Land scam: Andhra Pradesh moves Supreme Court against HC’s stay on probe

The State also questioned HC’s gag order in case involving ex-AG 

Published: 22nd September 2020 08:38 AM  |   Last Updated: 22nd September 2020 08:38 AM   |  A+A-

Supreme Court

Image of Supreme Court of India used for representational purpose

By Express News Service

VIJAYAWADA: The Andhra Pradesh government on Monday filed a special leave petition (SLP) in the Supreme Court challenging the High Court’s interim orders staying a probe in a case registered against former advocate general Dammalapati Srinivas and 12 others in the Amaravati land scam and gagging the media from reporting on the contents of the FIR against them.

The government submitted that the impugned order was passed on a petition in which the FIR was not even questioned and sought to know if an investigation can be stayed in such a case, that too “at the very threshold of investigation.” Recalling the sequence of events, it explained that Dammalapati had moved the high court on September 14 evening fearing coercive action.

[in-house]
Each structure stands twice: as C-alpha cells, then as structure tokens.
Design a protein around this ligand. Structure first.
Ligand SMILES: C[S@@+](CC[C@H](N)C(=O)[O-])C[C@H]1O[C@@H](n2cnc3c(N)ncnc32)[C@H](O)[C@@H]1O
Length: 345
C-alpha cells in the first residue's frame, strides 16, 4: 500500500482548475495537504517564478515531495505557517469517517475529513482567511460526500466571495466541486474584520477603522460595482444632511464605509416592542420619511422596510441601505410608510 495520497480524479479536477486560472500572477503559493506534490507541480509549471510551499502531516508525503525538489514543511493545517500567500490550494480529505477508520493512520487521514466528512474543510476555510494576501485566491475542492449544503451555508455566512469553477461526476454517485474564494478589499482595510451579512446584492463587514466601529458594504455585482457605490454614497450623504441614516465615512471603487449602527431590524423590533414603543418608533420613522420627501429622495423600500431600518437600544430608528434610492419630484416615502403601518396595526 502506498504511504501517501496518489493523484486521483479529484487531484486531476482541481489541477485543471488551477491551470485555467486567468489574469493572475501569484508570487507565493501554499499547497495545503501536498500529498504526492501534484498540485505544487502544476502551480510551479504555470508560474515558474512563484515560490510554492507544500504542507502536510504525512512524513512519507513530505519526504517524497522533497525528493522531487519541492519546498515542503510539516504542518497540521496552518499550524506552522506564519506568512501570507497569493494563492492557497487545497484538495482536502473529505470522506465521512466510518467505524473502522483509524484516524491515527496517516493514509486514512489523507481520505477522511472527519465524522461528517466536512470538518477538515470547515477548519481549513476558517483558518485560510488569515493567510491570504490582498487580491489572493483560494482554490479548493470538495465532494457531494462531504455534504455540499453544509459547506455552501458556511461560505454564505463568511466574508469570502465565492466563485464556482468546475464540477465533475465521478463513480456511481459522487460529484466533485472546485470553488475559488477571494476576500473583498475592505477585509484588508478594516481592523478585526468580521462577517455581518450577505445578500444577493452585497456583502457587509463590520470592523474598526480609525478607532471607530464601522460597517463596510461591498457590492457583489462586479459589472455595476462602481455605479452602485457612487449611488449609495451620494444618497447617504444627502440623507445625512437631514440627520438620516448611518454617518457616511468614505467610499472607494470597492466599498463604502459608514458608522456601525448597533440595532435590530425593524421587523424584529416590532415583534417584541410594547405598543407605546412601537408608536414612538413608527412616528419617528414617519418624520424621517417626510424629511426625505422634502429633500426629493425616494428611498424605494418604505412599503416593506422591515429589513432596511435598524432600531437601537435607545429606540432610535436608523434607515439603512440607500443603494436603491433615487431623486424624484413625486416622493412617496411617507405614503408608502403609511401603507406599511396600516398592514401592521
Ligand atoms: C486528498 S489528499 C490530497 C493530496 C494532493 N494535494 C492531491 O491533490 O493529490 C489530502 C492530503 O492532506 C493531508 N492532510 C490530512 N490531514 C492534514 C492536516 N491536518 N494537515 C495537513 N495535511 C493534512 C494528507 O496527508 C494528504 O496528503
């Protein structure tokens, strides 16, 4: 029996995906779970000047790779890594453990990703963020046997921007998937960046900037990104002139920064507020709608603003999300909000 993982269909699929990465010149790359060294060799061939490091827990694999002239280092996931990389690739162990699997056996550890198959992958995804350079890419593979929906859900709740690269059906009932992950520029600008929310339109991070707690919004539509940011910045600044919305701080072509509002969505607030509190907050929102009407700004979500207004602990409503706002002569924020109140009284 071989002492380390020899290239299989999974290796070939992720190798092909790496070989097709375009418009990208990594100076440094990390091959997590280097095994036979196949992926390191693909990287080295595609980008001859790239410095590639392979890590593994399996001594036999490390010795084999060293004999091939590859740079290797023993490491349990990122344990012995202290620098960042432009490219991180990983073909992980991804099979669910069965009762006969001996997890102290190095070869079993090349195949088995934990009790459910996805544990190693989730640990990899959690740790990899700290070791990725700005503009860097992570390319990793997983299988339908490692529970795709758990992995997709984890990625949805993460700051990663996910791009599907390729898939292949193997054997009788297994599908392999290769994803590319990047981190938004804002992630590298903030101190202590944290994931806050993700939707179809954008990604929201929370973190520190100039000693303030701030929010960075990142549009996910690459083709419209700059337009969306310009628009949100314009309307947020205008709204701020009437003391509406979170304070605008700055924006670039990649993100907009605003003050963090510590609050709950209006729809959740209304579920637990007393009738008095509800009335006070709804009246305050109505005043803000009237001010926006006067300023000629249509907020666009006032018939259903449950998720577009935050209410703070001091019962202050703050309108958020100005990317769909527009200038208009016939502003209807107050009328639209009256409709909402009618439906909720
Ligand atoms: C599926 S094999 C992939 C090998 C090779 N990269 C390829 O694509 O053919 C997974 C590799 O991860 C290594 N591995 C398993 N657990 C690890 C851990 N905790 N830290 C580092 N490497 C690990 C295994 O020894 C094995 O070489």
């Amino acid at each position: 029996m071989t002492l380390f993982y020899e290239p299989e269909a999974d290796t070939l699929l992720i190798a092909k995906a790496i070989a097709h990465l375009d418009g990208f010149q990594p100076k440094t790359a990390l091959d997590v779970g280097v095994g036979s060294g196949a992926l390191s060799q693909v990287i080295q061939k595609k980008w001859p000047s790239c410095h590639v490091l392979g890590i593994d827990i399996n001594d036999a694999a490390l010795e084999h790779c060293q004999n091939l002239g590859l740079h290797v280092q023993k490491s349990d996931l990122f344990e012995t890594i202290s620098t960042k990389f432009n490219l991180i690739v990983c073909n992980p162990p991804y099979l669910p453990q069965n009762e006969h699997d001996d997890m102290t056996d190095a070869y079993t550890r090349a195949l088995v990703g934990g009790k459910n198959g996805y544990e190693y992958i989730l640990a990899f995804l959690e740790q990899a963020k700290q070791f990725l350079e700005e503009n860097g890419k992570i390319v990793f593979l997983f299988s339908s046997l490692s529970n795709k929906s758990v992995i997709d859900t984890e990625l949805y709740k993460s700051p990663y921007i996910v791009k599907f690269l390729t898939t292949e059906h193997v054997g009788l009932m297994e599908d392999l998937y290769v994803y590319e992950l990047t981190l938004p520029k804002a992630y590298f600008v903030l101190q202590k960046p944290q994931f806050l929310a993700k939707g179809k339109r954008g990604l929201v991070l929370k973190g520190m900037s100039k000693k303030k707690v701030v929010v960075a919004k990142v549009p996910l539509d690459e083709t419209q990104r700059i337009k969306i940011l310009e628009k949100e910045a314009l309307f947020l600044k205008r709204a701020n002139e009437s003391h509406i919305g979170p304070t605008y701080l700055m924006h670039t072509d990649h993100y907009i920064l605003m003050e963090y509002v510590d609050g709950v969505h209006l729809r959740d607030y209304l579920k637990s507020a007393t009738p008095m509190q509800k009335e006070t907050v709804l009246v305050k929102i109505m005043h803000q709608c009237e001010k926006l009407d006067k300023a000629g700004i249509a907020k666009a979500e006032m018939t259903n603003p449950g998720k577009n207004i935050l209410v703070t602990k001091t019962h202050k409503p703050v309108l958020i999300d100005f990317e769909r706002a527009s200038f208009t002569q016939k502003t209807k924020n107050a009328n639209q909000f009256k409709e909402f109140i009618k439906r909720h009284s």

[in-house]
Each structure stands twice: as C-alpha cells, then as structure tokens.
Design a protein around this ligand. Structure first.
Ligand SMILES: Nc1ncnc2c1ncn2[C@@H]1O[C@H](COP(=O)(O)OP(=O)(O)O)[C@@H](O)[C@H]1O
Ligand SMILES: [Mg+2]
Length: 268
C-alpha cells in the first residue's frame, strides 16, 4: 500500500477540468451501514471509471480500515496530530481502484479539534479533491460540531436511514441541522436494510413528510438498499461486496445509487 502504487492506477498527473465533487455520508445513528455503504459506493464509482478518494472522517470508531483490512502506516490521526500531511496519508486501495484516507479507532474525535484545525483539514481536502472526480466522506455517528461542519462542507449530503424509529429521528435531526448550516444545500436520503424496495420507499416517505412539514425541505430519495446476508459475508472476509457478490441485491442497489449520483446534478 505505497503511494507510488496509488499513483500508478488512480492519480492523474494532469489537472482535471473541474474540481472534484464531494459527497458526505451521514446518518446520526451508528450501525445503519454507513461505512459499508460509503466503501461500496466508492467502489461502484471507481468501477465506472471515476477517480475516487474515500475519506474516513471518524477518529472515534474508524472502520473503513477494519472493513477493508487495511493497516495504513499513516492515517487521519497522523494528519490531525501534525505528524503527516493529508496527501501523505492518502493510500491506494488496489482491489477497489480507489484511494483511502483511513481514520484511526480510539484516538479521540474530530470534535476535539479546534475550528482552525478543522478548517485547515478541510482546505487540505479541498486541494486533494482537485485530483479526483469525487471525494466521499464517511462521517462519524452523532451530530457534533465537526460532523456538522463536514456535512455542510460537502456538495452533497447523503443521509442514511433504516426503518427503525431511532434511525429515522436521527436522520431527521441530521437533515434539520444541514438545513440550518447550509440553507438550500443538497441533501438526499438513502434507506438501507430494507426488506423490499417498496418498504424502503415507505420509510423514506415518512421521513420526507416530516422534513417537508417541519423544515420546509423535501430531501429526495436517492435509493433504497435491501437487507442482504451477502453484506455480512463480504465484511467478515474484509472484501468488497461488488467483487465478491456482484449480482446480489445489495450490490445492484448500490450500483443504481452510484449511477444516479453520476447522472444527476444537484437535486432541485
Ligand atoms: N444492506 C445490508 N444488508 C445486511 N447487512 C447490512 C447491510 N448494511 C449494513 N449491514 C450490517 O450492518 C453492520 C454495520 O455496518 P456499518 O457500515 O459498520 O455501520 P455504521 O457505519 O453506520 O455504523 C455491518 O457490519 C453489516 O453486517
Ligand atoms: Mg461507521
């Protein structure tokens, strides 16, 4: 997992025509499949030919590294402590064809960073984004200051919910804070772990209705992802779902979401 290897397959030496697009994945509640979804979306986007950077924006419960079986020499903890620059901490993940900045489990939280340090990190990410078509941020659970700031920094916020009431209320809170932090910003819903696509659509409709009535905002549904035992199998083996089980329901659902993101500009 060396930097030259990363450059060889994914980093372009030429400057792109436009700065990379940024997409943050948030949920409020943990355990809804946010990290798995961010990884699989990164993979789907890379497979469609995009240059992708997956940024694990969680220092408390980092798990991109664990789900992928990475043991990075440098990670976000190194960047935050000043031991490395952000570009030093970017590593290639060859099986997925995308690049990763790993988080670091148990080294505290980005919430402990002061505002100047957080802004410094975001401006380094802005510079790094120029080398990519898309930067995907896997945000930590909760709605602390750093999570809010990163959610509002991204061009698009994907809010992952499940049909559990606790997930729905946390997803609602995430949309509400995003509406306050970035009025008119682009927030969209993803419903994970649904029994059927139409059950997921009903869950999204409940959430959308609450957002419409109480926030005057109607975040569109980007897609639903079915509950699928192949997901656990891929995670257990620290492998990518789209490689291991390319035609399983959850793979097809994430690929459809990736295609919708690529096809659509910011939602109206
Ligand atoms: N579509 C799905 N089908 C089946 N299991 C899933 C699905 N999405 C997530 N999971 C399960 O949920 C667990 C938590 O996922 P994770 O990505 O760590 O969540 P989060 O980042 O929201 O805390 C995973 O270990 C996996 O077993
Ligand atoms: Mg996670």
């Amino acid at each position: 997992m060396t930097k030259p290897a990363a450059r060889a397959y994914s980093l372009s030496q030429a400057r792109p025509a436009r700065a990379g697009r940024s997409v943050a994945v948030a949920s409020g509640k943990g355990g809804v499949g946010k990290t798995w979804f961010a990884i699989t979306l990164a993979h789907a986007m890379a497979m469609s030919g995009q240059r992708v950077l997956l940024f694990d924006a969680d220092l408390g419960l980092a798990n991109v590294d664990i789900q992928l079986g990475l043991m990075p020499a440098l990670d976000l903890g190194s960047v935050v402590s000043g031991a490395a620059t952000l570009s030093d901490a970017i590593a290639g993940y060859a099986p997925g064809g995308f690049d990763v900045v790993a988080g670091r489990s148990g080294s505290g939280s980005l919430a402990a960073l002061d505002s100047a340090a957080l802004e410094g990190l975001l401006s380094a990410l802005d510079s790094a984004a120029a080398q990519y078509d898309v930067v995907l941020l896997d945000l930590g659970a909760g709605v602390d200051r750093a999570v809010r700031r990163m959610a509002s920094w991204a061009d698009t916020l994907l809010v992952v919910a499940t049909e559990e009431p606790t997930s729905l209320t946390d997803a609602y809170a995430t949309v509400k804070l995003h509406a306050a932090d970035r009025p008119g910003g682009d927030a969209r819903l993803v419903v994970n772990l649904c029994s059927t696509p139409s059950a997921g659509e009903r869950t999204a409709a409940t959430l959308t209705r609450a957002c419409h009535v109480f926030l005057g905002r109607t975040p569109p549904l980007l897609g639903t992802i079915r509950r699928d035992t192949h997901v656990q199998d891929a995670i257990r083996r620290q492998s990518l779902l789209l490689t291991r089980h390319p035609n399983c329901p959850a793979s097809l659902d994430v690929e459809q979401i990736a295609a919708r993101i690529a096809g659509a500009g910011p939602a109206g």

An FIR was lodged the next morning. “... upon filing of the FIR, the petition had become infructuous. However, not only was the petition considered but a slew of directions/restraint directions were issued... even when the FIR was not questioned. More importantly, these directions were passed not only in respect of the respondent (Dammalapati) but also all the other accused without reference to the contents of the FIR,” the government pointed out and termed the HC orders “wholly perverse.”

Refuting the arguments of Dammalapati, the government said even if his contention that the case was politically motivated was correct, it is settled law that it cannot be quashed if it is otherwise maintainable. Citing the Prakash Singh Badal vs State of Punjab case, it quoted the apex court order which says, “The ultimate test, therefore, is whether the allegations have any substance.”

Probe should not be shut out, says govt
The AP government, in its SLP, stated that an investigation should not be shut out at the threshold because a political opponent or a person with political difference raises an allegation of commission of offence.


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